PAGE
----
4 October 2013 – Sub-Saharan Africa’s oil and gas map will need to be redrawn over the coming decade as the region’s current heavyweight crude producer nations, Nigeria and Angola, are being joined by a lengthening list of African nations where crude and gas fields have recently been discovered and are on the brink of production.
Uganda, Kenya, Ghana and Nigeria are among those that could see new fields producing over 100,000 barrels per day (bpd) of oil by the end of the decade.
However, it is world-class gas finds over the past three years off the northern coast of Mozambique and South Africa that are garnering the most interest. Mozambique in particular has arrived on the world energy map and will be a major player in the liquefied natural gas (LNG) markets going forward.
Mozambique seems destined to be catapulted from being one of the region’s – and world’s – poorest countries into a rapidly industrialising economy. Along with new or existing fields in Tanzania and Equatorial Guinea, mounting interest is likely to generate a significant net increase in output as top global oil and gas companies, along with international banks, crowd into this new market searching for first mover status.
Southern Africa’s coastal belt has attracted most of the key international players, and initial exploration wells are expected to be sunk in 2014.
The impact on the banking and advisory sectors will be substantial. The US$1.5 billion gas programme produced huge project financing opportunities, debt capital market opportunities and later M&A and equities capital markets work.
According to Simon Ashby-Rudd, Standard Bank’s head of oil and gas, gas is likely to play an increasingly important role in the mix of energy in Africa, and southern Africa in particular. “But before this transpires we will need to see policy consistency and gas infrastructure funding models that will attract long-term infrastructure-type returns.
“With the caveat of such infrastructure being in place, southern Africa has an opportunity over the next decade to replicate the success that the US and UK have experienced with the development of their respective gas-related and gas-to-power industries,” Ashby-Rudd says.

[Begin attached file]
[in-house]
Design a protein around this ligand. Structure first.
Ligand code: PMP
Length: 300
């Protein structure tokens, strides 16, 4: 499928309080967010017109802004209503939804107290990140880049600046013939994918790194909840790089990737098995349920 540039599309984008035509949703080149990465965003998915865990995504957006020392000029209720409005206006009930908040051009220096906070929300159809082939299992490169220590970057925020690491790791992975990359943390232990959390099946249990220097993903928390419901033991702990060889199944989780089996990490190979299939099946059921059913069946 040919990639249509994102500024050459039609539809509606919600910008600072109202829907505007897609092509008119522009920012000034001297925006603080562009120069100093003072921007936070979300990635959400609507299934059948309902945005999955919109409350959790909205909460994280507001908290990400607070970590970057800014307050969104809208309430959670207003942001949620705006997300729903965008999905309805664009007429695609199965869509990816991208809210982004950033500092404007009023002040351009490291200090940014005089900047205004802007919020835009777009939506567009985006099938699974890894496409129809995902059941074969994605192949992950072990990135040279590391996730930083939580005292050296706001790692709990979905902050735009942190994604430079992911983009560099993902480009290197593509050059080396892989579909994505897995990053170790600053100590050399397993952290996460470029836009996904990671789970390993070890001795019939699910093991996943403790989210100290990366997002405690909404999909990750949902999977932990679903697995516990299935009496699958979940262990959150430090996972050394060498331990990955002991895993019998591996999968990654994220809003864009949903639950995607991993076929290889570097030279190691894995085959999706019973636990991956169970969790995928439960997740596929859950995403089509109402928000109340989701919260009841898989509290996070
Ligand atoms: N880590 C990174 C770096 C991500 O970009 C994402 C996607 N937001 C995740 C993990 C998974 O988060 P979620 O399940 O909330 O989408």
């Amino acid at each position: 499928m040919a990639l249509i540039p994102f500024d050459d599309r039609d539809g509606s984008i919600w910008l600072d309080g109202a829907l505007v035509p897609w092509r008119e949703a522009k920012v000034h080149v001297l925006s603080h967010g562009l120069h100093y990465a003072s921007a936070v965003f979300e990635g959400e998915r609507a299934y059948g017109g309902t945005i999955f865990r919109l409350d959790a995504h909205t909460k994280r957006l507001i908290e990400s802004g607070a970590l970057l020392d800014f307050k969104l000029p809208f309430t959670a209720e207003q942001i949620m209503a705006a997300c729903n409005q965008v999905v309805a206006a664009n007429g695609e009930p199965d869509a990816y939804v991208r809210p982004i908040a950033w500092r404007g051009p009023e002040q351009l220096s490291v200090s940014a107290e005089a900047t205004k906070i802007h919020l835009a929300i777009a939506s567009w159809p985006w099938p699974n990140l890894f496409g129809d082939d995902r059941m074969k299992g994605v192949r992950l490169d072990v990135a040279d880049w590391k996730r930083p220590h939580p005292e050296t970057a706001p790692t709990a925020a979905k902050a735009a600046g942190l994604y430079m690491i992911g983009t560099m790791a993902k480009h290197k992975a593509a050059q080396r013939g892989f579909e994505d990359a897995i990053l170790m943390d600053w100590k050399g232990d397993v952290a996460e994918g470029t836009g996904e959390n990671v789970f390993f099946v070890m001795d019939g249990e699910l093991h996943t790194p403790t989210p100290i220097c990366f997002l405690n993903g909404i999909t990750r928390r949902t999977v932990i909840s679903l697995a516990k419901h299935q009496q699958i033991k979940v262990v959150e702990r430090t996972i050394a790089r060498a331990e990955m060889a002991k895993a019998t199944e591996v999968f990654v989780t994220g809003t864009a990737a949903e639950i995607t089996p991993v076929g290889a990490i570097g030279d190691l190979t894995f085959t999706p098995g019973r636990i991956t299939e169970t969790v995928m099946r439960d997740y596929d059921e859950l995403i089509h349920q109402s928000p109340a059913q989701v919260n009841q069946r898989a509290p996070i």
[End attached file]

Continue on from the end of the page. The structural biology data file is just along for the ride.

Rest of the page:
Given the power deficit of the region, he adds that South African production at least may find a purely domestic market which could largely be priced in South African rands (ZAR) with commensurate economic benefits.
The gas discoveries by US oil firm Anadarko and Italian multinational gas and oil company ENI in offshore areas in the north of Mozambique, have so far delivered 12 successful offshore wells in 30 months.
Mozambique is conservatively estimated to now have 57-trillion to 70-trillion cubic feet (tcf) of discovered offshore natural gas reserves. This figure is set to increase in the next few years as the exploration programmes continue.
“By any measure, Mozambique represents a major potential source of natural gas for the future and must currently be ranked in the top tier of domestic gas reserves on a worldwide basis, potentially ahead of major global suppliers such as Indonesia and Australia,” Ashby-Rudd says.
The challenge is to turn this huge potential into reality within a realistic time frame, while ensuring the economic benefits flow through to the wider population.
“Given the isolated location of the discoveries in northern Mozambique and the limited industrialisation of the domestic and even regional economy, there is insufficient local demand for natural gas to justify the huge capital required to develop the offshore reserves. The only solution to attract sufficient capital to develop these reserves would be for the gas to be initially exported as LNG.
“We need to kick start the process of identifying the potential uses for the natural gas, what infrastructure will be required to bring such resources to use, and which policies and regulations will be appropriate to ensure public and commercial objectives can be met.
“A gas master plan is needed to look at these and other issues, such as beneficiation, energy security, taxation and employment. As seen elsewhere in the world, the development of a major LNG facility tends to act as a catalyst of far wider industrialisation. Apart from the benefits of the upstream activities (LNG revenue and tax revenue), Mozambique is also likely to benefit from a raft of down-stream opportunities such as the construction of fertilisers, petrochemicals, methanol, and gas-fired power plants.
“However, to ensure that Mozambique LNG captures the market window in 2018-20, given the five- to six-year construction timetable for such a large project it needs to reach financial close during 2013/4. Consequently, the next 12 months are critical,” Ashby-Rudd concludes.